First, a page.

MAN B&W is developing the world’s first ammonia-powered marine fuel engine, with the prototype due to be completed for handover to licensee Mitsui E&S Machinery and Mitsui OSK Lines by the end of 2024.
Maersk has signed a deal with the Spanish government that could deliver up to 2 million tons of green fuels a year as the carrier moves to lock in greater access to renewable energy sources critical to its net-zero pathway.
Shipping industry opinions on IMO regulations
In a new submission to the IMO, the International Chamber of Shipping has proposed a carbon levy on international shipping be paid to ‘first movers’ using low-emission fuels. The fresh “fund-and-reward” proposal aims to support switching at least 5% of global shipping to alternative fuels by 2030, reducing marine fuel oil consumption by about 15 million tons annually.
Shipping groups have raised concerns over the negative impact of newly introduced carbon intensity metrics on the industry, calling for exemptions and methodology adjustments to the technical measure. Their submissions to the IMO highlight distortions in the ship’s performance and carbon intensity indicator rating depending on time spent at ports and the types of voyages.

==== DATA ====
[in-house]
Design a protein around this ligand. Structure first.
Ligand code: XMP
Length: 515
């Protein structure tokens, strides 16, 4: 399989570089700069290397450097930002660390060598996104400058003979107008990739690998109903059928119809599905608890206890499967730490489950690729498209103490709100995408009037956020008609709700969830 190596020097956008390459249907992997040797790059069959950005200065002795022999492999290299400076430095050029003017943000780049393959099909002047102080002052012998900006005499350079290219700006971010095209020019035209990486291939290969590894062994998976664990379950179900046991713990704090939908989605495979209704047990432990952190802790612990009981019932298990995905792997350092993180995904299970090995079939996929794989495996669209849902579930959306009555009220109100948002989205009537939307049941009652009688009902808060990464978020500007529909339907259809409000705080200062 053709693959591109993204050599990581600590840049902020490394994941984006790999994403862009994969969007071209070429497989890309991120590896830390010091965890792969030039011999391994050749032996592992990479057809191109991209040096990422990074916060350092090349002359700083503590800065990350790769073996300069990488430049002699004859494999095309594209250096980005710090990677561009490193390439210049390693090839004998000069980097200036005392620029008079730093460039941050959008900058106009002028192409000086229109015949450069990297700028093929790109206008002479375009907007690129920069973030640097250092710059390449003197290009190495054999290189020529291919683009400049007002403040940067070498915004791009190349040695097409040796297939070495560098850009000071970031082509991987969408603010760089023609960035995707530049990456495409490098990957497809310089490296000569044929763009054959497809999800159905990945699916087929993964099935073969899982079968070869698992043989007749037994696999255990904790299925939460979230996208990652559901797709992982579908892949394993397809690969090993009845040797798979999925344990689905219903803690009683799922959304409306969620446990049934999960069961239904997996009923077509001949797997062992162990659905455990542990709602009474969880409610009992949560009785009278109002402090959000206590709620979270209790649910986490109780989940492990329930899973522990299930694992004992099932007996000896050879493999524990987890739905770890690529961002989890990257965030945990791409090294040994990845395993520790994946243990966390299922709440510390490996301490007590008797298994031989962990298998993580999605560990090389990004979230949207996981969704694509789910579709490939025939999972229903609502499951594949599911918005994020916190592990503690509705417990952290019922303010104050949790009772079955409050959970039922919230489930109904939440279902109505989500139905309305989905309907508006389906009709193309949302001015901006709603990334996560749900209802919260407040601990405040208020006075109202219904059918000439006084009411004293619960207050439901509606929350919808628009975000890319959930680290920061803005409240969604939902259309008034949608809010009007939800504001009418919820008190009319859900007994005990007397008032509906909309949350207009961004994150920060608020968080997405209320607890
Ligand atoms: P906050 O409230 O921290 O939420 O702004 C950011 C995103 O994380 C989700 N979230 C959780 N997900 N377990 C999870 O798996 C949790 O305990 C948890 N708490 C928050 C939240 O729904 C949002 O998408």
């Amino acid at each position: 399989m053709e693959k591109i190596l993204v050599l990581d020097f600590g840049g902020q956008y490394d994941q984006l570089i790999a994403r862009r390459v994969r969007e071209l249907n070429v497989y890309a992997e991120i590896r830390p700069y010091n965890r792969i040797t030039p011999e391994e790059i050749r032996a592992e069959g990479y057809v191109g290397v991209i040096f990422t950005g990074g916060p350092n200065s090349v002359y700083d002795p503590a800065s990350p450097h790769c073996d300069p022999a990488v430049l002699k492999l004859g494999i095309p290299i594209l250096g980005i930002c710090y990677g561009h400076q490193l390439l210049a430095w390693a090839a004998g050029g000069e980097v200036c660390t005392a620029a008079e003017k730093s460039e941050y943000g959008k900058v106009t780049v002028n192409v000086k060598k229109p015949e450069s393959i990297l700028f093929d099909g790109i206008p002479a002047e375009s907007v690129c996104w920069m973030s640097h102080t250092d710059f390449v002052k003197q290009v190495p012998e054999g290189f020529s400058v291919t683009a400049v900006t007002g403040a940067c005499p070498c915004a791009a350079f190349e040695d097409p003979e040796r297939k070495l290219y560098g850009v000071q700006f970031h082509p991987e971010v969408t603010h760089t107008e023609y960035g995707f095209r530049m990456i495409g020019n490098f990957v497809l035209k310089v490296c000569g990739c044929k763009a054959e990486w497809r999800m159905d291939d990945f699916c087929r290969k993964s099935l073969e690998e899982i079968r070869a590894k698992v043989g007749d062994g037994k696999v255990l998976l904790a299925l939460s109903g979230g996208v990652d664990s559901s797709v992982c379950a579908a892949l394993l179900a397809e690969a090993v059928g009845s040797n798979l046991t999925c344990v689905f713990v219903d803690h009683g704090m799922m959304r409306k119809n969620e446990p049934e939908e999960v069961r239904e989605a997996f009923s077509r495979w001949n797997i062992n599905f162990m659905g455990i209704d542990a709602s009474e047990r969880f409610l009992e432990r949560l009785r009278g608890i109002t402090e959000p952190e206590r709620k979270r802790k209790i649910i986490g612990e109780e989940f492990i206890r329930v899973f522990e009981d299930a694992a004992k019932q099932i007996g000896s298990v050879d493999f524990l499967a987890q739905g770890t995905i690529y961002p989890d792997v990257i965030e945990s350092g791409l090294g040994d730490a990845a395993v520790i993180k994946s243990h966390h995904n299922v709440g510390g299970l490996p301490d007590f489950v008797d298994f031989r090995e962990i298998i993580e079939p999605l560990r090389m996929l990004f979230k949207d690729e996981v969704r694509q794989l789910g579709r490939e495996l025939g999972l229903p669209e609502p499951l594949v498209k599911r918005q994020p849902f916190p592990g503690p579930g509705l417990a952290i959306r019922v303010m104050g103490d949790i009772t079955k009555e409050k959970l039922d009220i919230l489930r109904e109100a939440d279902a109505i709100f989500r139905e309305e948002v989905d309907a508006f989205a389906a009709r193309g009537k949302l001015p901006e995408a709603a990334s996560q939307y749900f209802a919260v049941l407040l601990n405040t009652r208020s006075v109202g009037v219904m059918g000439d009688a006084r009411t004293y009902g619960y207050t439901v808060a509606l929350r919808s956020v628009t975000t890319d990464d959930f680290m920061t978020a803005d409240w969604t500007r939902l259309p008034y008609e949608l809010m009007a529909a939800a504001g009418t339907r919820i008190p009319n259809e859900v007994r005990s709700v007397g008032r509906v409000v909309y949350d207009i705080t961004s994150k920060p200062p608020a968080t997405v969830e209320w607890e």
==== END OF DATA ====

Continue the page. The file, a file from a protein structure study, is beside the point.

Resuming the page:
Mediterranean Shipping Co. has called for the IMO to revise its calculation methodology of the Carbon Intensity Indicator (CII) regulation to avoid “unintended consequences” that distort the performance of a ship.
Shipping industry’s reaction to EU regulations
The World Shipping Council (WSC) has raised concern over Europe’s decision to adopt green hydrogen-based marine fuels quotas. FuelEU Maritime legislation mandates 2% of marine fuels be derived from renewable hydrogen from 2030. WSC says the mandate is unnecessary and distracts from the goals of reducing greenhouse gas intensity outlined in the FuelEU
Maritime regulatory package. Mediterranean Shipping Co. has become the second ocean carrier after Maersk to unveil the cost of complying with the European cap-and-trade emissions reduction system that will be extended to include shipping from Jan. 1.
Investment in transportation visibility providers
Transportation visibility provider Shippeo has landed a $40 million venture funding round as investments into the space continued to be stirred by memories of pandemic-induced supply chain upheaval. The latest round indicates that investors broadly believe there is no single dominant multimodal supply chain visibility player.
In the meantime, Maersk and CMA CGM participated in an $80 million funding round by visibility provider project44, which has raised more than $320 million since January. The company will use the cash injection to build a system for measuring so-called Scope 3 supply chain emissions. The involvement of Maersk and CMA CGM is notable as those companies continue to develop their respective end-to-end integrator strategies and prepare for more stringent environmental regulations from the IMO.